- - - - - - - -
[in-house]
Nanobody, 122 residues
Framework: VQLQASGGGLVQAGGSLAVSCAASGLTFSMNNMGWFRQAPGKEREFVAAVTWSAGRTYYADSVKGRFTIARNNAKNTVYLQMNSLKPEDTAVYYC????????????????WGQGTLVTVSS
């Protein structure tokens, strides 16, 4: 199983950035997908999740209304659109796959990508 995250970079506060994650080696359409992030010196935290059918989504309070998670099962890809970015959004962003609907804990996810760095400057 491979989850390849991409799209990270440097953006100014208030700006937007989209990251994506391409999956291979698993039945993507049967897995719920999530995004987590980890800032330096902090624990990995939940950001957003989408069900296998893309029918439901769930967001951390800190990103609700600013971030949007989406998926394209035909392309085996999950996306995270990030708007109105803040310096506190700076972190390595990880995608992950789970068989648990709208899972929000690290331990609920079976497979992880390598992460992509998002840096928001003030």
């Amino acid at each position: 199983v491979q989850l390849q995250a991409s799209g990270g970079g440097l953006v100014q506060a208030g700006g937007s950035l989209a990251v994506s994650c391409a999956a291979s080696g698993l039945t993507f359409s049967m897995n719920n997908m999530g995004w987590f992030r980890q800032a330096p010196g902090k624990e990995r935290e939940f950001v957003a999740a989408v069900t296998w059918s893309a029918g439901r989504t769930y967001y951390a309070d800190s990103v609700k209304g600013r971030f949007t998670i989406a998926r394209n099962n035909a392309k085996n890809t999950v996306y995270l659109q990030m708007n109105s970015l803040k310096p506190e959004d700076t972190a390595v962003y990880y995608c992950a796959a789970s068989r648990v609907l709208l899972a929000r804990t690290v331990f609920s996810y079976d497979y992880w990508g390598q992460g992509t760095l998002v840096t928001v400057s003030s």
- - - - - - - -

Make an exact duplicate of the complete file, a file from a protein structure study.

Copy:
[in-house]
Nanobody, 122 residues
Framework: VQLQASGGGLVQAGGSLAVSCAASGLTFSMNNMGWFRQAPGKEREFVAAVTWSAGRTYYADSVKGRFTIARNNAKNTVYLQMNSLKPEDTAVYYC????????????????WGQGTLVTVSS
């Protein structure tokens, strides 16, 4: 199983950035997908999740209304659109796959990508 995250970079506060994650080696359409992030010196935290059918989504309070998670099962890809970015959004962003609907804990996810760095400057 491979989850390849991409799209990270440097953006100014208030700006937007989209990251994506391409999956291979698993039945993507049967897995719920999530995004987590980890800032330096902090624990990995939940950001957003989408069900296998893309029918439901769930967001951390800190990103609700600013971030949007989406998926394209035909392309085996999950996306995270990030708007109105803040310096506190700076972190390595990880995608992950789970068989648990709208899972929000690290331990609920079976497979992880390598992460992509998002840096928001003030």
């Amino acid at each position: 199983v491979q989850l390849q995250a991409s799209g990270g970079g440097l953006v100014q506060a208030g700006g937007s950035l989209a990251v994506s994650c391409a999956a291979s080696g698993l039945t993507f359409s049967m897995n719920n997908m999530g995004w987590f992030r980890q800032a330096p010196g902090k624990e990995r935290e939940f950001v957003a999740a989408v069900t296998w059918s893309a029918g439901r989504t769930y967001y951390a309070d800190s990103v609700k209304g600013r971030f949007t998670i989406a998926r394209n099962n035909a392309k085996n890809t999950v996306y995270l659109q990030m708007n109105s970015l803040k310096p506190e959004d700076t972190a390595v962003y990880y995608c992950a796959a789970s068989r648990v609907l709208l899972a929000r804990t690290v331990f609920s996810y079976d497979y992880w990508g390598q992460g992509t760095l998002v840096t928001v400057s003030s």